"The Obama administration moved ahead Friday with the first major overhaul of the nation’s food-safety system in more than 70 years, proposing tough new standards for fruit and vegetable producers and food manufacturers.
The long-awaited proposals by the Food and Drug Administration are part of a fundamental change aimed at preventing food-borne outbreaks — caused by everything from leafy greens to cantaloupes to peanut butter — rather than simply reacting to them. Every year, contaminated foods sicken an estimated 48 million Americans and kill 3,000."
"These rules “are the heart and soul of the law,” said Sandra Eskin, director of the Food Safety Campaign at the Pew Charitable Trusts. “These are the priorities. Everything else flows from them."
"The law gives the FDA broad new powers, including the ability to force companies to recall products and the authority to examine internal records at farms and food-production plants. It calls on the FDA to increase inspections, particularly at "high-risk" facilities prone to contamination, and to hire about 2,000 new inspectors.
Supporters had grown increasingly frustrated by repeated delays in the rule-writing process. Food safety experts, consumer groups, industry representatives, editorial boards and lawmakers on Capitol Hill took turns urging the Office of Management and Budget to release the rules.
Those calls grew louder after a 2011 outbreak of listeria traced to cantaloupe that left 33 people dead and led inspectors to unsanitary equipment at a processing plant in Colorado. In November, a salmonella outbreak that sickened 42 people in numerous states prompted the FDA to assert its new powers to temporarily halt production at the country’s largest organic peanut butter producer after finding numerous safety and sanitation problems."
"More proposed rules are expected to be issued soon, including ones that would require that imported foods comply with U.S. safety standards. The FDA also plans to propose rules involving the production of animal foods.
It could be years before the proposals become final regulations. The FDA will take comments on the proposals for four months and then probably make changes. And some farms will have two years or more to comply with the rules."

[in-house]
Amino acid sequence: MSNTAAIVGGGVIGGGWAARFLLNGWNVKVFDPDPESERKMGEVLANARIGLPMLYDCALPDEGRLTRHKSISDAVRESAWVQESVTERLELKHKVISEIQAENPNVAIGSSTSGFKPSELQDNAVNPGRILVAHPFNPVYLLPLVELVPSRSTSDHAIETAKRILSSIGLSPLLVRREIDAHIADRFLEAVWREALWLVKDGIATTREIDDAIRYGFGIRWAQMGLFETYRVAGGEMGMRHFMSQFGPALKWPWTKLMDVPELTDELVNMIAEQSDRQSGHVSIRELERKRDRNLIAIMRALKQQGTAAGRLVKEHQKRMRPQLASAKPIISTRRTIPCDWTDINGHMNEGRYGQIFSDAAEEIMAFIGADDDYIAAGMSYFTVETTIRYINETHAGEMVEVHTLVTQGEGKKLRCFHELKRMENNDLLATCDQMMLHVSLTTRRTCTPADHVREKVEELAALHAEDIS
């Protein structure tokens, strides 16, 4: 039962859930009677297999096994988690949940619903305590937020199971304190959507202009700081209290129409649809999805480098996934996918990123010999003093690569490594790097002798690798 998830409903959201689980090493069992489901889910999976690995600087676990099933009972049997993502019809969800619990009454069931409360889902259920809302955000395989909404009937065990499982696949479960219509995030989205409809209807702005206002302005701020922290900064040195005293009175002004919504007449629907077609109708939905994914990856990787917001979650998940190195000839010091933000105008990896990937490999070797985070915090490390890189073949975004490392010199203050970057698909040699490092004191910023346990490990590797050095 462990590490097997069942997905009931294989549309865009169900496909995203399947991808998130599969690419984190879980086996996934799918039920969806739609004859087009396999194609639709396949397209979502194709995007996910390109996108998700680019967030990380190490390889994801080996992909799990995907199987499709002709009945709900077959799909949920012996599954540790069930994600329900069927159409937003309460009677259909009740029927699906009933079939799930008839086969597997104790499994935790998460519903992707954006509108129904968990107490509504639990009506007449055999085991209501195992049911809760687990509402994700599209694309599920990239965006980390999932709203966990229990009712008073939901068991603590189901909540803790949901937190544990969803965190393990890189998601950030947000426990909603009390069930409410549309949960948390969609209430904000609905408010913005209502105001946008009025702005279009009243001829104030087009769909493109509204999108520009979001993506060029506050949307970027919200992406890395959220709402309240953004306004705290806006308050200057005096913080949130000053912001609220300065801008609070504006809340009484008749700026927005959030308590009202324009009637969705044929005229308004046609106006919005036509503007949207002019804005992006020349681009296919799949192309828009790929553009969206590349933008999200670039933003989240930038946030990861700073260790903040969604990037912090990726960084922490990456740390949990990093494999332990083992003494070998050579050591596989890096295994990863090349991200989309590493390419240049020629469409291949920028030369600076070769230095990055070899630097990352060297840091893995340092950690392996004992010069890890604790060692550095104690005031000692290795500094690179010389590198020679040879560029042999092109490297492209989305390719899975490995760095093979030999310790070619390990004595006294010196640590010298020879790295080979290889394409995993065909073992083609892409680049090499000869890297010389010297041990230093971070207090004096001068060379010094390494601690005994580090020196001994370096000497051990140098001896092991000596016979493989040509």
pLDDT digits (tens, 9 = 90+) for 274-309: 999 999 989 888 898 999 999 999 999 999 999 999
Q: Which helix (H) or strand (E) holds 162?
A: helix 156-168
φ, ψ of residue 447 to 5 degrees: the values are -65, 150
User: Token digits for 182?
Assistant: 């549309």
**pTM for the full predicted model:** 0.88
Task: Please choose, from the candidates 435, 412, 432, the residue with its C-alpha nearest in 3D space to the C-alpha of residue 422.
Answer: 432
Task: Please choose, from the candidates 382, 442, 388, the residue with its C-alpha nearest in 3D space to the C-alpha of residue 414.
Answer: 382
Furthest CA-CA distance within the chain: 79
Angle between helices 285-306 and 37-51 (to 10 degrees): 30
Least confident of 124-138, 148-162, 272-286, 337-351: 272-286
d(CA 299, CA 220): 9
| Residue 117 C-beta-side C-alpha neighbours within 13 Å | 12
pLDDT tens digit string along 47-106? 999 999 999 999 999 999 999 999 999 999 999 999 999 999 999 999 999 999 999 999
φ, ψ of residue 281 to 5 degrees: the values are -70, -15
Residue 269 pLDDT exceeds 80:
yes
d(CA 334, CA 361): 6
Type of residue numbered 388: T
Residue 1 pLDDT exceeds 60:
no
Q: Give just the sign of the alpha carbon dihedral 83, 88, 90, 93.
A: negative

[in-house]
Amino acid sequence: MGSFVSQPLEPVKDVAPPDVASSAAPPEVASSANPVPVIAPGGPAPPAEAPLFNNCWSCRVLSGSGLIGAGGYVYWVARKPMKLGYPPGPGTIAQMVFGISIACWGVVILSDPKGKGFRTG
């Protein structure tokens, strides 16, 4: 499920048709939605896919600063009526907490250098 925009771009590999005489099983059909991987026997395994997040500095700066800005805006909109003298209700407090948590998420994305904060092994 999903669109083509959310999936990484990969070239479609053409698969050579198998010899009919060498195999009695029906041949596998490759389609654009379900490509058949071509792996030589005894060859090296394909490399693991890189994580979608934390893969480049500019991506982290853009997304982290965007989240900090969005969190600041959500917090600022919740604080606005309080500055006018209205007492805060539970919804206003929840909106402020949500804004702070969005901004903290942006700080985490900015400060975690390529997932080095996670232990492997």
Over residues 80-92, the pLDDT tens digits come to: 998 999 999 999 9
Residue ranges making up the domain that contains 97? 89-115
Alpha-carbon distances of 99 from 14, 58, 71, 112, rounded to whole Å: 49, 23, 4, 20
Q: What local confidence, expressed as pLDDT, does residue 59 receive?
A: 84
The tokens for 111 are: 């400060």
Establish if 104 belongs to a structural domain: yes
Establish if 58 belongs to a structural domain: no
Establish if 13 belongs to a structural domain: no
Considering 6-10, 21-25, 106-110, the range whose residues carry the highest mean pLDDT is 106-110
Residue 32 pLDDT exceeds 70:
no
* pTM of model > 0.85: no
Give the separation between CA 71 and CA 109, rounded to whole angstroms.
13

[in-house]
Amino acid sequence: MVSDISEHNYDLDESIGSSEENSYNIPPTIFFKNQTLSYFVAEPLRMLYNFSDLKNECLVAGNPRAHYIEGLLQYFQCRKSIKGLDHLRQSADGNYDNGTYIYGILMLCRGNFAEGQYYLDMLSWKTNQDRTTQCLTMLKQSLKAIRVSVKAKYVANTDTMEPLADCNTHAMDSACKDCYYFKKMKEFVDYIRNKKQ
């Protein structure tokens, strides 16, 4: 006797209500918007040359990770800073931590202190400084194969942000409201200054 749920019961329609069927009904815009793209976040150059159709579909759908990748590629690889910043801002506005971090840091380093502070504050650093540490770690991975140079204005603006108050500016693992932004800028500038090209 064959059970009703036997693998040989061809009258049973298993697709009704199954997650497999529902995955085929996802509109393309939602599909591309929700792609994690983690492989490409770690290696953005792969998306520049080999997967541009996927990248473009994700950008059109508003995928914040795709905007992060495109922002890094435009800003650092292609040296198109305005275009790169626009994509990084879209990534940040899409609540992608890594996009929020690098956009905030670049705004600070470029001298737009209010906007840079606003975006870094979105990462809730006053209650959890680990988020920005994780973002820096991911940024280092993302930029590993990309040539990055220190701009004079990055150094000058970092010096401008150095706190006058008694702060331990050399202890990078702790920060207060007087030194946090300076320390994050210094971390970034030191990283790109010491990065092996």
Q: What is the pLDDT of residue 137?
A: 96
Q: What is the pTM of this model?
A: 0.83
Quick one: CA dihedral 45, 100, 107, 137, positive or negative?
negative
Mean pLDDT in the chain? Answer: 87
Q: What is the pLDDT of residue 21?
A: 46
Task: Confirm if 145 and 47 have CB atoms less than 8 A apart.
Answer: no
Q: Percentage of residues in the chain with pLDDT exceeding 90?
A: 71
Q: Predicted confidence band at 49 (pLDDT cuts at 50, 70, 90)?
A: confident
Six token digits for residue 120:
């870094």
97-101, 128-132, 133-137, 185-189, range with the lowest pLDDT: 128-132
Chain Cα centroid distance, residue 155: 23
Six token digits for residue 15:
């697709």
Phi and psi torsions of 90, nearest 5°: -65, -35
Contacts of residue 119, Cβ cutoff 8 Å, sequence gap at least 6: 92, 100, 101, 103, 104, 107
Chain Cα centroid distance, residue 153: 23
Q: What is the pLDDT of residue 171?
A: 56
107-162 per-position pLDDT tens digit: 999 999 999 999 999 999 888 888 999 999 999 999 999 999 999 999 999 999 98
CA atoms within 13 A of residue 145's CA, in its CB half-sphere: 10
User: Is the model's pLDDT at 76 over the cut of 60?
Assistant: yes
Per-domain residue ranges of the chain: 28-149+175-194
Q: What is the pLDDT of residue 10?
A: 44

Dana Dziadul has been fighting since she was 3 years old, but don’t bother telling her mother. First, Dana, now 16, was fighting for her life after getting debilitatingly ill from bad cantaloupe she ate when she was 3. Now, she’s fighting to ensure that other children don’t suffer the same fate that befell her – or a worse one.More info
Victims of foodborne illness from 10 states are visiting Capitol Hill the week of January 27, asking their members of Congress to support the full funding and implementation of the FDA Food Safety Modernization Act (FSMA). The advocates include children and adults who were sickened by foods they ate as well as sons and daughters who lost beloved parents to infections caused by contaminated products.More info
Consumers across the United States are demanding meat and poultry raised without antibiotics—and large producers, restaurants, and other institutions are listening. Following is a list of some leading companies offering responsibly produced food.More info
In January 2011, President Barack Obama signed the FDA Food Safety Modernization Act (FSMA) into law, signaling the first major update to our nation’s food safety oversight framework since the Great Depression. Despite widespread support for the legislation and its implementation, the Obama administration still has not issued all of the proposed rules under FSMA.More info
Two respected consumer groups have issued reports criticizing the government’s failure to make sure the US poultry supply is safe. One group did a test of chicken bought in grocery stores across America and got unsettling results.More info
A consumer group report released Thursday criticized the U.S Department of Agriculture's response to salmonella outbreaks traced to Foster Farms, saying the agency has not done enough to protect public health. The report by the Pew Charitable Trusts says federal regulations and policies are inadequate to prevent salmonella outbreaks stemming from chicken.More info
People infected with Salmonella develop diarrhea, a fever and abdominal cramps that usually last for four to seven days. The dangerous bacteria is found in the food we eat, usually chicken, beef or eggs that have been contaminated with animal feces. And a new report from Pew Charitable Trusts says the U.S. Department of Agriculture's Food Safety and Inspection Service (FSIS) isn't doing enough to keep our food Salmonella-free.More info
Americans eat more chicken than any other meat. Yet when it comes to food safety, poultry is fraught with risks that consumer groups say aren’t being fully addressed by producers and federal inspectors.That’s the view of two reports released Thursday.More info
Since 2012, there have been two multi-state outbreaks of Salmonella tied to Foster Farms chicken – the second of which is still ongoing. According to the U.S. Centers for Disease Control and Prevention, at least 523 people in 29 states and Puerto Rico have been sickened in total. And, because of the underdiagnosis of Salmonella, as many as 15,000 more could have been infected.More info